We are all aware that the man knows how to deliver epic speeches. What this piece does is give a glimpse of the process. It touches on his background as a fledgling writer with aspirations for social change and community organizing. A friend even surmised from a conversation he had with Obama before he became senator that he yearned to write another book.

Fortunately for him, he gets to use his writing chops in office. He usually conveys his thoughts to his speechwriters, revises their drafts and finishes just in time to deliver it. Sometimes he doesn’t even run through it.

The most interesting part to me is how the author suggests Obama’s writer self is both a strength and a weakness:

As readers of “Dreams from My Father” are aware, Obama’s personal story is a good one. And as the writer of that story, Obama is more attuned to the power of narrative and is more in control of it than any president in recent memory. Yet this same attention to narrative can also seem the source of Obama’s psychological and political shortcomings; they are the writer’s classic failings. The story that obsesses him is his own story: He tells it over and over, stamping it into the larger American narrative and often conflating the two, a feat of authorial arrogance that’s simultaneously an outsider’s plaintive quest for belonging. In the telling, he shades and edits as a writer does, employing straw-man characters (those who would rather do nothing than fix the economy; the villainous Bush administration) to set a backdrop for his own heroic odyssey. Most perilously, Obama believes more strongly in the magic of words, especially his own, than perhaps any of his recent predecessors. His default option is to give a speech, and he’s maybe too prolific at doing so, since a disproportion of words to deeds is what ultimately undermines a politician.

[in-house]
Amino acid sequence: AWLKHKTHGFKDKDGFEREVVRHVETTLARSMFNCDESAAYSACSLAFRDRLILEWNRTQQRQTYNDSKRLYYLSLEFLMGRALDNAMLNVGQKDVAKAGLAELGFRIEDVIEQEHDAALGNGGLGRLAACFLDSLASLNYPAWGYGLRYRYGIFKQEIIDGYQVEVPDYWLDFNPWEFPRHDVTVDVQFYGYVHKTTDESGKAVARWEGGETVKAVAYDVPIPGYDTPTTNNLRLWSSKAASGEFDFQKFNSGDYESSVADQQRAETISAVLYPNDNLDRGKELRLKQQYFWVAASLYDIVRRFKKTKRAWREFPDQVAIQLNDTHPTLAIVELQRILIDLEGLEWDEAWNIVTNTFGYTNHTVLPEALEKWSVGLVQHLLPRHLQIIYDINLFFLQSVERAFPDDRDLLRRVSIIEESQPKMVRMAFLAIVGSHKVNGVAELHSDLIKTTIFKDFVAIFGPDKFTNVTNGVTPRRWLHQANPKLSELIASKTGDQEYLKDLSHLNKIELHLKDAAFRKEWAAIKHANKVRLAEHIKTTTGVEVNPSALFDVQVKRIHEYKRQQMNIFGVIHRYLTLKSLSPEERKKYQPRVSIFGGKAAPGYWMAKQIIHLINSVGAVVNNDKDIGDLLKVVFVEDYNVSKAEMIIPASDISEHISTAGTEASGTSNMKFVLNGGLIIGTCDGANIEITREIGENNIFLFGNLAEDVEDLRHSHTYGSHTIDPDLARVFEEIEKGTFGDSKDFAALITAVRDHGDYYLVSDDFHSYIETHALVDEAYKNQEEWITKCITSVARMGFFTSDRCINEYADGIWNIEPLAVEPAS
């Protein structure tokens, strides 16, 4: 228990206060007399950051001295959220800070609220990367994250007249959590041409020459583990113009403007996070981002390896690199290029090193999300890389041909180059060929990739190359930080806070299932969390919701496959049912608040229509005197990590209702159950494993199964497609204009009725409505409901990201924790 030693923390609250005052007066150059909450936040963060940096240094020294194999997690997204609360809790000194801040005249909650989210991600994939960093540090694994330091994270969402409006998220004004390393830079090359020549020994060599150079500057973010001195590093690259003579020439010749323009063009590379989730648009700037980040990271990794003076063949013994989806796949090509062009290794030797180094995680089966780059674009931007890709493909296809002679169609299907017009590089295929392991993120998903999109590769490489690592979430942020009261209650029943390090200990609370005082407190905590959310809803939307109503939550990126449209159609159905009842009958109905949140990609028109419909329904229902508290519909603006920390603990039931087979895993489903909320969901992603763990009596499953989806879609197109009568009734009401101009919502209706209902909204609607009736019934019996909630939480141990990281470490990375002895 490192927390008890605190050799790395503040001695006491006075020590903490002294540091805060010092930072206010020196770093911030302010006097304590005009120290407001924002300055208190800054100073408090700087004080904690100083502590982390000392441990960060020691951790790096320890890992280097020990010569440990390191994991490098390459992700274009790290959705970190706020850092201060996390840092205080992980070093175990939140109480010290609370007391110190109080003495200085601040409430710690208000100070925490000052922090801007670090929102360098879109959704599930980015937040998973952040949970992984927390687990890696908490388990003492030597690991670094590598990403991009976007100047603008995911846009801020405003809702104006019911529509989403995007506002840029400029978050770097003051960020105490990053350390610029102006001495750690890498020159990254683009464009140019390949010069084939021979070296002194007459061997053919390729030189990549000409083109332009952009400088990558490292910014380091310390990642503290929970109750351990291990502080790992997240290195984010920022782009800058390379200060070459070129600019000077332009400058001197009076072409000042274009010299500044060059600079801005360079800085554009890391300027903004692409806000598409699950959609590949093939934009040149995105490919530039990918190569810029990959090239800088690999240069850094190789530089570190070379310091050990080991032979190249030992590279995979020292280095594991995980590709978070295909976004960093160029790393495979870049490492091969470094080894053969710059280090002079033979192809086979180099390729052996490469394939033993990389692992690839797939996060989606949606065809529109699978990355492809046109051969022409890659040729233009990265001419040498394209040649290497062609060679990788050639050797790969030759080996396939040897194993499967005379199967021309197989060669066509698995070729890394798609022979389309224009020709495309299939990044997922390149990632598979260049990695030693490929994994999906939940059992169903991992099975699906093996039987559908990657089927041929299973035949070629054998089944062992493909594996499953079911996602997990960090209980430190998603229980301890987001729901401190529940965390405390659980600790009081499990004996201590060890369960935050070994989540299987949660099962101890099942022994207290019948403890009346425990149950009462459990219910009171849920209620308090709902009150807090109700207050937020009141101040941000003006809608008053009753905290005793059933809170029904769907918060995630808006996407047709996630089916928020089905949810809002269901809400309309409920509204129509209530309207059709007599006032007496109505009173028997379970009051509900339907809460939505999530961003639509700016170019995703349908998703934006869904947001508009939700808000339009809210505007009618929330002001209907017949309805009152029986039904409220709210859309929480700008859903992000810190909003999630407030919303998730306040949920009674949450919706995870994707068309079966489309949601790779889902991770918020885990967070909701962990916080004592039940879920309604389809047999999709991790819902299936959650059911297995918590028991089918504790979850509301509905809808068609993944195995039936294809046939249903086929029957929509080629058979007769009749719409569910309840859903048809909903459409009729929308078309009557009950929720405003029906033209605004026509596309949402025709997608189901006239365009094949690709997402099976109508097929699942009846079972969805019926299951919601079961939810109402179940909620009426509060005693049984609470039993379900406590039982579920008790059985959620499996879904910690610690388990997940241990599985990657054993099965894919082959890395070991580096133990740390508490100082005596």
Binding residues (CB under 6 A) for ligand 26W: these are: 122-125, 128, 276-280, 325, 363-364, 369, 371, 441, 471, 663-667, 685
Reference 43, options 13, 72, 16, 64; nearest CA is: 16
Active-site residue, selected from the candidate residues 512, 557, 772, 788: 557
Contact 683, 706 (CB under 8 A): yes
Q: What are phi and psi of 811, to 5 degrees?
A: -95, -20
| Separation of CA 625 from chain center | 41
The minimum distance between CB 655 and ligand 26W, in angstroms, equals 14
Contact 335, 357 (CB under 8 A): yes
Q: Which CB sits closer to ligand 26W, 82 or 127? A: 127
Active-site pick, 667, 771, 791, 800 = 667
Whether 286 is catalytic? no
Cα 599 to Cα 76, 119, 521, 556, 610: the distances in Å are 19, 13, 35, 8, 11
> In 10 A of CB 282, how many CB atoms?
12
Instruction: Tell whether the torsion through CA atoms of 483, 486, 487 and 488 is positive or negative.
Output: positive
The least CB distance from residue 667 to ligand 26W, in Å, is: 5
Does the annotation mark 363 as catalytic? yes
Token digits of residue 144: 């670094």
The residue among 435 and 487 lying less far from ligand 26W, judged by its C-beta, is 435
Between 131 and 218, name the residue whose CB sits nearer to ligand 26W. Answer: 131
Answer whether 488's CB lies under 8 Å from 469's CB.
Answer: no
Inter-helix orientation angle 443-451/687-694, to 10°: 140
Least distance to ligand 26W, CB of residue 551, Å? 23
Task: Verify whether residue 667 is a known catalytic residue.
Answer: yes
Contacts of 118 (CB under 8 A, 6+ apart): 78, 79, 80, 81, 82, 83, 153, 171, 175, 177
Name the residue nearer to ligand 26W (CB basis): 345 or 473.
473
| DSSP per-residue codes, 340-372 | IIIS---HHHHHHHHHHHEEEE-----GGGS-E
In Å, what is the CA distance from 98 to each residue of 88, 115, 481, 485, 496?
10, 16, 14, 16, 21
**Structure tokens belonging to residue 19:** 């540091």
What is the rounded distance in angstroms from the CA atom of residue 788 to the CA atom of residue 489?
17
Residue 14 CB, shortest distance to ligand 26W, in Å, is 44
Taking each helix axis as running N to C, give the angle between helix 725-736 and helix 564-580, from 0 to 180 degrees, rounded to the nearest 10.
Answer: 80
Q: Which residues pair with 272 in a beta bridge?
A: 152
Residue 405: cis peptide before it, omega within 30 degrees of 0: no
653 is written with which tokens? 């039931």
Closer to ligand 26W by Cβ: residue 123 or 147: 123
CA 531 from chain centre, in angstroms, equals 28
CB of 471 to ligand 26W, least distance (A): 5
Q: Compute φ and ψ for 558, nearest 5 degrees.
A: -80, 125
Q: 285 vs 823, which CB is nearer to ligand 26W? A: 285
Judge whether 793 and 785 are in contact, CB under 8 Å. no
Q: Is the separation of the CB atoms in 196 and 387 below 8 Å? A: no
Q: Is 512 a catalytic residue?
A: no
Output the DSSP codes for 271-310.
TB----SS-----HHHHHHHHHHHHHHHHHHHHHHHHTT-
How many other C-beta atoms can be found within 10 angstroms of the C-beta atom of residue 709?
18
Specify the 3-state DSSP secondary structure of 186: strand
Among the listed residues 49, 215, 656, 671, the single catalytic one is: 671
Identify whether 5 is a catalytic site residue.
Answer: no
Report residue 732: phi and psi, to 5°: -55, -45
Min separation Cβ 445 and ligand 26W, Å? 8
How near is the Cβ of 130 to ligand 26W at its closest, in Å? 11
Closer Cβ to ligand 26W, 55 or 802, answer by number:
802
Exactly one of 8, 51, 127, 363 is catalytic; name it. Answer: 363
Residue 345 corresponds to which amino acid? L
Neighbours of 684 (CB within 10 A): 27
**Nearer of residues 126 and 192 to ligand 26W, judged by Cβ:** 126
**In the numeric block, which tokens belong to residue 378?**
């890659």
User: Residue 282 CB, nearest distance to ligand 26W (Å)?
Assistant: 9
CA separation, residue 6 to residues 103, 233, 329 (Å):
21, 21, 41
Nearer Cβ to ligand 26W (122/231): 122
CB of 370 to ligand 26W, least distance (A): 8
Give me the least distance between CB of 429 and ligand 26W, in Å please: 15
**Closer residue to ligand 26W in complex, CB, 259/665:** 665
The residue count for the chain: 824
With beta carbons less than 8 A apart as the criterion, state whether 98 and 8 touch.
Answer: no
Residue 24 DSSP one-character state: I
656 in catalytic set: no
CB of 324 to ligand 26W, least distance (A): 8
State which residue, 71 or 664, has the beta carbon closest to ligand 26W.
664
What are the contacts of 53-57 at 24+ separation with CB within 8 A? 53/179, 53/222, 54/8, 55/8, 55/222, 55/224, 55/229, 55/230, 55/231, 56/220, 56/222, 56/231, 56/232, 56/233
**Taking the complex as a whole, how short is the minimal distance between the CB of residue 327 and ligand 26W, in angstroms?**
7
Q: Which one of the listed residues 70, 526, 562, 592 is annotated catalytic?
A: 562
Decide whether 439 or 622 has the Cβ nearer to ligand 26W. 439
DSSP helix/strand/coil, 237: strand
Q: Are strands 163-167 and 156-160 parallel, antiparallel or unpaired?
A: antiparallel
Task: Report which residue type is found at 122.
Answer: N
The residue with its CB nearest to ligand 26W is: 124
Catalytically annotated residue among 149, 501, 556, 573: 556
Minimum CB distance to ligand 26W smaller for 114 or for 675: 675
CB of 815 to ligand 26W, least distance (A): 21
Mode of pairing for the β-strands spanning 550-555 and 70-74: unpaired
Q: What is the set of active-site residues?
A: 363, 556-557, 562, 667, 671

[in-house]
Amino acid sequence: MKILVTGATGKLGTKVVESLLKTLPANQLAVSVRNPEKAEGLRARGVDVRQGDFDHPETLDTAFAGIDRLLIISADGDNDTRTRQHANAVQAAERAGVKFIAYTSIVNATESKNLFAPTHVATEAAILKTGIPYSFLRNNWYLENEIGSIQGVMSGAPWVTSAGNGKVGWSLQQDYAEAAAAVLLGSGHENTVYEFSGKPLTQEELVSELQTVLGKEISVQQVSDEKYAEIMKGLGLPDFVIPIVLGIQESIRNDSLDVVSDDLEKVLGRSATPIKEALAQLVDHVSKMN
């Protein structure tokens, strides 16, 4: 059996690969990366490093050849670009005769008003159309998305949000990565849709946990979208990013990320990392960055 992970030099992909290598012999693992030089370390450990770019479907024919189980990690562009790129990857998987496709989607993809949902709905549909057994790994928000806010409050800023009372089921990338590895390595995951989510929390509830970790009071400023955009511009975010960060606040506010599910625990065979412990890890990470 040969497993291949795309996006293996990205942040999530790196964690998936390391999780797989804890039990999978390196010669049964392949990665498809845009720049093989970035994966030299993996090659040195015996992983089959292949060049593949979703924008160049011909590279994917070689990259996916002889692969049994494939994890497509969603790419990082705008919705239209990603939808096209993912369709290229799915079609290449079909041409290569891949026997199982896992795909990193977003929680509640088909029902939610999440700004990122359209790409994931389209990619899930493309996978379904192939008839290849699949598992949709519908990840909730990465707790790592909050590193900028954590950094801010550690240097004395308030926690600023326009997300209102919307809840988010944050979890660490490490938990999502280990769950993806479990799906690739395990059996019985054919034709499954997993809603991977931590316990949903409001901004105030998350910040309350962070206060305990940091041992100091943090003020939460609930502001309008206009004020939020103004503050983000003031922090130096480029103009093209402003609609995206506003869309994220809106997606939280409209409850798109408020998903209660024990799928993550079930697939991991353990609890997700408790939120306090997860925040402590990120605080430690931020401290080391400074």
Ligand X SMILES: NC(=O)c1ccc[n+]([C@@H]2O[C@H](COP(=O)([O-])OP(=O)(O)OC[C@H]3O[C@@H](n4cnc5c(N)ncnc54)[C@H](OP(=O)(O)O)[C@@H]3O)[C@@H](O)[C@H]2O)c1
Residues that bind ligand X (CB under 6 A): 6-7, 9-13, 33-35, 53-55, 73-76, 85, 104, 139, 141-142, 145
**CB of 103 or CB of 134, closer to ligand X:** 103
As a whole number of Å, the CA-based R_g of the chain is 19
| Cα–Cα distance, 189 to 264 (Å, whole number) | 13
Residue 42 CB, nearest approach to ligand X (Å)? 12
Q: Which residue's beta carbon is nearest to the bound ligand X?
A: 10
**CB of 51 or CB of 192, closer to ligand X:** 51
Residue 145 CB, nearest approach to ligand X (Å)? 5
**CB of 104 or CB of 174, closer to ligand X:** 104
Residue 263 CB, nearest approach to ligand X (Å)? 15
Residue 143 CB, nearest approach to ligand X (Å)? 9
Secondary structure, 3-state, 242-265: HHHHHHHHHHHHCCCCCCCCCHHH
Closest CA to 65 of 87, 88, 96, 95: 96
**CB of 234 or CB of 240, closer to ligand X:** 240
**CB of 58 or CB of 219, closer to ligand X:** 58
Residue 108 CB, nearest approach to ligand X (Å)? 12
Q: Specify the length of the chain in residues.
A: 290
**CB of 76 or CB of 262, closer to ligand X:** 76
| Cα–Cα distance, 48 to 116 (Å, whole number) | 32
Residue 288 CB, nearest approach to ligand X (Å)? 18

But to the Obama White House, words are deeds. This belief that the president can swoop down and save the day with a game-changing speech has become a cornerstone of the administration’s political strategy.

When Obama delivered his speech today in Oslo, he was clearly responding to his critics. He addressed several points — universal human rights, the notion of a just war, fighting for something despite the odds — and prompted an emotional reaction from me.

I suppose that’s why people, liberal or not, are enamored with his speeches. Whether or not you agree with him, he speaks in a way that forces you to look at things a bit differently, even if for just a fleeting moment. Or at least until the speech is over.

Latest: Band Q&As

Photo by flickr’s Ferrari + caballos + fuerza = cerebro Humano

I’d never done band profiles before, so I was at a loss for questions when they were first assigned to me.

There’s something intimidating about talking to musicians as opposed to public officials or school administrators (which are the kinds of people I used to deal with). Musicians don’t have to be formal, so they can say whatever they want. I was afraid my attempts to appear nonchalant might actually backfire, leaving me as the rambling idiot wielding a pen and notepad. Still, I took comfort in their unfamiliarity. Like government officials, musicians have their own jargon — What makes sense to them might sound abstract and nonsensical to me — and, after covering education and local government, I’m used to that.

Fortunately, the bands (the fearsome sparrow, Aeroplane Pageant and Horse’s Mouth) were pleasant to talk to, gave insightful answers and, in most cases, made sense. Ultimately, I approached them the same way I approach all my interviews: I loaded them up with questions with a nod and a smile. The biggest challenge was probably deciding whether to hold an alcoholic beverage or a voice recorder.

Good news for my editor, I chose the latter.